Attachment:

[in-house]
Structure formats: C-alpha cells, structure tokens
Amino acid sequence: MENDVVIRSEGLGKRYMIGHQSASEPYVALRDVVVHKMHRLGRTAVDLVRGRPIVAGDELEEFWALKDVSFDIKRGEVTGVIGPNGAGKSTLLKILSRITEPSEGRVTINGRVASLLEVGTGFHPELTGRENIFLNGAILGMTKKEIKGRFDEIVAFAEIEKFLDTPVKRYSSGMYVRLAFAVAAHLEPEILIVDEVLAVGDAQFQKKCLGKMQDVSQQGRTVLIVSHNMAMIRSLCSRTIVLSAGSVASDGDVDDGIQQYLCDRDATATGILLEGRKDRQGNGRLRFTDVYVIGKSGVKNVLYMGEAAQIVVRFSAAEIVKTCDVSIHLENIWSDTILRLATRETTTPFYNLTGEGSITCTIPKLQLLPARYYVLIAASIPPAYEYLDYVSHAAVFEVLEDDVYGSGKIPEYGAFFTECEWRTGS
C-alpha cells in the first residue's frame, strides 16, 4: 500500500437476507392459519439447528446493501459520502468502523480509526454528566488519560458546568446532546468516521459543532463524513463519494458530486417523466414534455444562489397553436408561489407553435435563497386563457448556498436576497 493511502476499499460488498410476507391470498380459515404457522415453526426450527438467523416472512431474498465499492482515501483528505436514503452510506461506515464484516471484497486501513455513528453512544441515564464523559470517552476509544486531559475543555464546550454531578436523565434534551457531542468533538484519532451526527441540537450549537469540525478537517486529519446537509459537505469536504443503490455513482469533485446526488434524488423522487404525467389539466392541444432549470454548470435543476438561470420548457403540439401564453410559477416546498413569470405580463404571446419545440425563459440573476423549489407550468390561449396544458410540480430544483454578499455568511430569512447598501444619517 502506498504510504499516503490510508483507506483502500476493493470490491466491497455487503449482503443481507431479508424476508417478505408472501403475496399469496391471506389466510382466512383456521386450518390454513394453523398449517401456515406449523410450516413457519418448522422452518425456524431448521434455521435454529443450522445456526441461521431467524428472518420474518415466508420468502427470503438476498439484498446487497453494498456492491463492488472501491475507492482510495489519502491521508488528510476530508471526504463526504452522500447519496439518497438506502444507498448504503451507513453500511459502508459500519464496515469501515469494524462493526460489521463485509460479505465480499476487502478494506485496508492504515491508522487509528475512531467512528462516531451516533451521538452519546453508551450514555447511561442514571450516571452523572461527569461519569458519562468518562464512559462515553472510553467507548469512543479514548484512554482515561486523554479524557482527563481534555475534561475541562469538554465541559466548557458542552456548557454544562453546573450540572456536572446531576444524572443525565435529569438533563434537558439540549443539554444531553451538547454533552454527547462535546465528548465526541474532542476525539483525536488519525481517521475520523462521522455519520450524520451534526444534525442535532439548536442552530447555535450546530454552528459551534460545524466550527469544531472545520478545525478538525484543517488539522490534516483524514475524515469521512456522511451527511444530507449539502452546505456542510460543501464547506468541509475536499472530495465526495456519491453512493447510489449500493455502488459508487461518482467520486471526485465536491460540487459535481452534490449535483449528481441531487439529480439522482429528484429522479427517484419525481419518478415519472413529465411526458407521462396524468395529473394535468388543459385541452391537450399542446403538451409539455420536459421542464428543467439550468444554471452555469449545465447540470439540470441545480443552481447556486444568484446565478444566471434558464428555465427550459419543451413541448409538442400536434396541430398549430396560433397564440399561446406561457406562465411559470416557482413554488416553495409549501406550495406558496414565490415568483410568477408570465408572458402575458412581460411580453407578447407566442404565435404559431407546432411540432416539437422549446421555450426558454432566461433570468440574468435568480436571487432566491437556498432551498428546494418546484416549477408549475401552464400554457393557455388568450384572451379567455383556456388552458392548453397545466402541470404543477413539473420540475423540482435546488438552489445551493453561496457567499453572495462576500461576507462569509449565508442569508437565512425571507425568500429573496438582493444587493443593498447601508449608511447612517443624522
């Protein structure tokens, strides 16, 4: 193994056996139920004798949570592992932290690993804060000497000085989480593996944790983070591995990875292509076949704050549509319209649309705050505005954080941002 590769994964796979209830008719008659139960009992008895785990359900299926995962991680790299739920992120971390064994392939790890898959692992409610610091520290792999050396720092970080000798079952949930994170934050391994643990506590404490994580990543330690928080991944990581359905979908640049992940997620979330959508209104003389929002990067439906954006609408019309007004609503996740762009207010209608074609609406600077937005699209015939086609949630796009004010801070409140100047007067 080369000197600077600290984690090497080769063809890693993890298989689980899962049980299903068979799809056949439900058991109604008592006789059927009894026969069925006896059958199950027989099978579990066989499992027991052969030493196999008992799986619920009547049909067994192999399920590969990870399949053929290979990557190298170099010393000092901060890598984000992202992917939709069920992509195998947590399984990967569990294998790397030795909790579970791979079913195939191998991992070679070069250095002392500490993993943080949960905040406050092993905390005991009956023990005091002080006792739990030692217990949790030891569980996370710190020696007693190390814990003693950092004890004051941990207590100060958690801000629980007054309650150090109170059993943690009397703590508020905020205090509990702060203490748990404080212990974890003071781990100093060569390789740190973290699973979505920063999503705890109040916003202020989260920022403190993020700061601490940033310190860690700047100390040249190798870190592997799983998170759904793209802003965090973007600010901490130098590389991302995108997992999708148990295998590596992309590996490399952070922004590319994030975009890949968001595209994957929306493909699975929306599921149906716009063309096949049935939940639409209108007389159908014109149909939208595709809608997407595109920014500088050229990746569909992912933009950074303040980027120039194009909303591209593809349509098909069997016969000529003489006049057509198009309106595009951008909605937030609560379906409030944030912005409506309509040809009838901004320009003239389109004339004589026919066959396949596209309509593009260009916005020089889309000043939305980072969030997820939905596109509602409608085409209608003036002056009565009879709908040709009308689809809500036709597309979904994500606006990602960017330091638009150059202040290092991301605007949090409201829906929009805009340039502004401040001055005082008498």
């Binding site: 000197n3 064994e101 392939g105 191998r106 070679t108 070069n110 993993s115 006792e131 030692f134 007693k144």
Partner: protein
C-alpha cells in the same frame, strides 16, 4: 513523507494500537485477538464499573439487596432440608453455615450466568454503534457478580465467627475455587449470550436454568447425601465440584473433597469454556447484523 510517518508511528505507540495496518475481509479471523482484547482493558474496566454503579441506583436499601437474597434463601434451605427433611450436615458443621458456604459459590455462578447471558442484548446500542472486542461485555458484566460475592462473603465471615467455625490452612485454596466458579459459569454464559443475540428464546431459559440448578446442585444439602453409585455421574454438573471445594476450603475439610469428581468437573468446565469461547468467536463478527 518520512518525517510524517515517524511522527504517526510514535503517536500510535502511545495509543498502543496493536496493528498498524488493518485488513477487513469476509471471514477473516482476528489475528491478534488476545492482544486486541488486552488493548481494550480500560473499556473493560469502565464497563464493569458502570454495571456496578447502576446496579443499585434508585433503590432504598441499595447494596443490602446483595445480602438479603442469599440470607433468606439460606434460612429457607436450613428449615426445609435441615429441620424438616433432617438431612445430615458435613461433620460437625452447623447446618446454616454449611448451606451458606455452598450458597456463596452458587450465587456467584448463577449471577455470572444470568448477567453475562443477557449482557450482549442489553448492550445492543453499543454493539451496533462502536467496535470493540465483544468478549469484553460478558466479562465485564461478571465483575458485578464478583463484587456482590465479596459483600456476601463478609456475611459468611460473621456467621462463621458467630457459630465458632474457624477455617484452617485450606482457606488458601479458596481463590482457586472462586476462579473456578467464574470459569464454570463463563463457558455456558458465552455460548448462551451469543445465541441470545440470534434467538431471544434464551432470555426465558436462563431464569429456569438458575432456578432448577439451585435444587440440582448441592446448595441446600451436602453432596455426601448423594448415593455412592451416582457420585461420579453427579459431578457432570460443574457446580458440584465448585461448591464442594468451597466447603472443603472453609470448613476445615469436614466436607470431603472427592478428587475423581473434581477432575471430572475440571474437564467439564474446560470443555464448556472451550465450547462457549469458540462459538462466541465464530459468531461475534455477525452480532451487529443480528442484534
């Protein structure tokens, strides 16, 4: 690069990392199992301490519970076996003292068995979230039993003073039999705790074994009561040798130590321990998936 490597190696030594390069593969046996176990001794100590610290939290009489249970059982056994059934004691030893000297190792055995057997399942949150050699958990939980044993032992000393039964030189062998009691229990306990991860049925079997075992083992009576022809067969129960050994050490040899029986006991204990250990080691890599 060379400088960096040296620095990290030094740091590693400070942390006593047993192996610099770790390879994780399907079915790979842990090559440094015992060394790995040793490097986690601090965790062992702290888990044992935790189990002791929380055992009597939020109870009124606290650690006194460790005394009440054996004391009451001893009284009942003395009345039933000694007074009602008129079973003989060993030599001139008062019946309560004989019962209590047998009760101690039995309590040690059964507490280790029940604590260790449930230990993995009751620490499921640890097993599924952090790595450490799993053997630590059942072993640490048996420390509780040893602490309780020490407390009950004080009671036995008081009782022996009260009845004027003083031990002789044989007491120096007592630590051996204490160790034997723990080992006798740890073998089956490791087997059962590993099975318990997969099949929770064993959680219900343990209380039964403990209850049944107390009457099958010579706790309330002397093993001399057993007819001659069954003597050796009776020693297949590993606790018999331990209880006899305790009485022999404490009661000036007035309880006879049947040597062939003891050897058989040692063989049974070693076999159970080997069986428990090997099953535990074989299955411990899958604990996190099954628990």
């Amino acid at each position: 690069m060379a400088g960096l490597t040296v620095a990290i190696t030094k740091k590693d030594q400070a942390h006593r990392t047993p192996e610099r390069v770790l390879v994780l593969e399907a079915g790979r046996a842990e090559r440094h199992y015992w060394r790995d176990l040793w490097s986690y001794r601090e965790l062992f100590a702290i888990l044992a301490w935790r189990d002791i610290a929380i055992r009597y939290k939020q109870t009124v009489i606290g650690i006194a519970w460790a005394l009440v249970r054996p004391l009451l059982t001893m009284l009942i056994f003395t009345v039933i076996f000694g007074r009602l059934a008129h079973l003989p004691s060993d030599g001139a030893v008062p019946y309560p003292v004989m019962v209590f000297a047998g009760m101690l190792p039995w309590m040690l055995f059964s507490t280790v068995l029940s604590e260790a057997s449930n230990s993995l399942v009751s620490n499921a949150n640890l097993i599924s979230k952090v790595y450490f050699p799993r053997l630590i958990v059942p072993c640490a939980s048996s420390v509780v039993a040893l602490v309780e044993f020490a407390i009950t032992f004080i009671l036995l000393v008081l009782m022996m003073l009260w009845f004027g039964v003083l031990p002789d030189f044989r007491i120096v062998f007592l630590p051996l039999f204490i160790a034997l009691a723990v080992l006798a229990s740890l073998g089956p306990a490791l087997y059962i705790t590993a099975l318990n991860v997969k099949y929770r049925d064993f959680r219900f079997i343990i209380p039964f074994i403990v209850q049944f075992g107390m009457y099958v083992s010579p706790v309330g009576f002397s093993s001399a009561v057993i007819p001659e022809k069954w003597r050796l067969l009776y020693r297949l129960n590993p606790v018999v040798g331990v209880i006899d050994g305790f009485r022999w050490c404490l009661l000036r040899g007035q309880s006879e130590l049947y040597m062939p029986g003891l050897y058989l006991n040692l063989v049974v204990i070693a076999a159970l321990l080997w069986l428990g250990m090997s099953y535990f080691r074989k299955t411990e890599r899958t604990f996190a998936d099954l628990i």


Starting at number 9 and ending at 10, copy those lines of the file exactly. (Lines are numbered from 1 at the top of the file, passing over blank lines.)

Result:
């Protein structure tokens, strides 16, 4: 690069990392199992301490519970076996003292068995979230039993003073039999705790074994009561040798130590321990998936 490597190696030594390069593969046996176990001794100590610290939290009489249970059982056994059934004691030893000297190792055995057997399942949150050699958990939980044993032992000393039964030189062998009691229990306990991860049925079997075992083992009576022809067969129960050994050490040899029986006991204990250990080691890599 060379400088960096040296620095990290030094740091590693400070942390006593047993192996610099770790390879994780399907079915790979842990090559440094015992060394790995040793490097986690601090965790062992702290888990044992935790189990002791929380055992009597939020109870009124606290650690006194460790005394009440054996004391009451001893009284009942003395009345039933000694007074009602008129079973003989060993030599001139008062019946309560004989019962209590047998009760101690039995309590040690059964507490280790029940604590260790449930230990993995009751620490499921640890097993599924952090790595450490799993053997630590059942072993640490048996420390509780040893602490309780020490407390009950004080009671036995008081009782022996009260009845004027003083031990002789044989007491120096007592630590051996204490160790034997723990080992006798740890073998089956490791087997059962590993099975318990997969099949929770064993959680219900343990209380039964403990209850049944107390009457099958010579706790309330002397093993001399057993007819001659069954003597050796009776020693297949590993606790018999331990209880006899305790009485022999404490009661000036007035309880006879049947040597062939003891050897058989040692063989049974070693076999159970080997069986428990090997099953535990074989299955411990899958604990996190099954628990």
């Amino acid at each position: 690069m060379a400088g960096l490597t040296v620095a990290i190696t030094k740091k590693d030594q400070a942390h006593r990392t047993p192996e610099r390069v770790l390879v994780l593969e399907a079915g790979r046996a842990e090559r440094h199992y015992w060394r790995d176990l040793w490097s986690y001794r601090e965790l062992f100590a702290i888990l044992a301490w935790r189990d002791i610290a929380i055992r009597y939290k939020q109870t009124v009489i606290g650690i006194a519970w460790a005394l009440v249970r054996p004391l009451l059982t001893m009284l009942i056994f003395t009345v039933i076996f000694g007074r009602l059934a008129h079973l003989p004691s060993d030599g001139a030893v008062p019946y309560p003292v004989m019962v209590f000297a047998g009760m101690l190792p039995w309590m040690l055995f059964s507490t280790v068995l029940s604590e260790a057997s449930n230990s993995l399942v009751s620490n499921a949150n640890l097993i599924s979230k952090v790595y450490f050699p799993r053997l630590i958990v059942p072993c640490a939980s048996s420390v509780v039993a040893l602490v309780e044993f020490a407390i009950t032992f004080i009671l036995l000393v008081l009782m022996m003073l009260w009845f004027g039964v003083l031990p002789d030189f044989r007491i120096v062998f007592l630590p051996l039999f204490i160790a034997l009691a723990v080992l006798a229990s740890l073998g089956p306990a490791l087997y059962i705790t590993a099975l318990n991860v997969k099949y929770r049925d064993f959680r219900f079997i343990i209380p039964f074994i403990v209850q049944f075992g107390m009457y099958v083992s010579p706790v309330g009576f002397s093993s001399a009561v057993i007819p001659e022809k069954w003597r050796l067969l009776y020693r297949l129960n590993p606790v018999v040798g331990v209880i006899d050994g305790f009485r022999w050490c404490l009661l000036r040899g007035q309880s006879e130590l049947y040597m062939p029986g003891l050897y058989l006991n040692l063989v049974v204990i070693a076999a159970l321990l080997w069986l428990g250990m090997s099953y535990f080691r074989k299955t411990e890599r899958t604990f996190a998936d099954l628990i």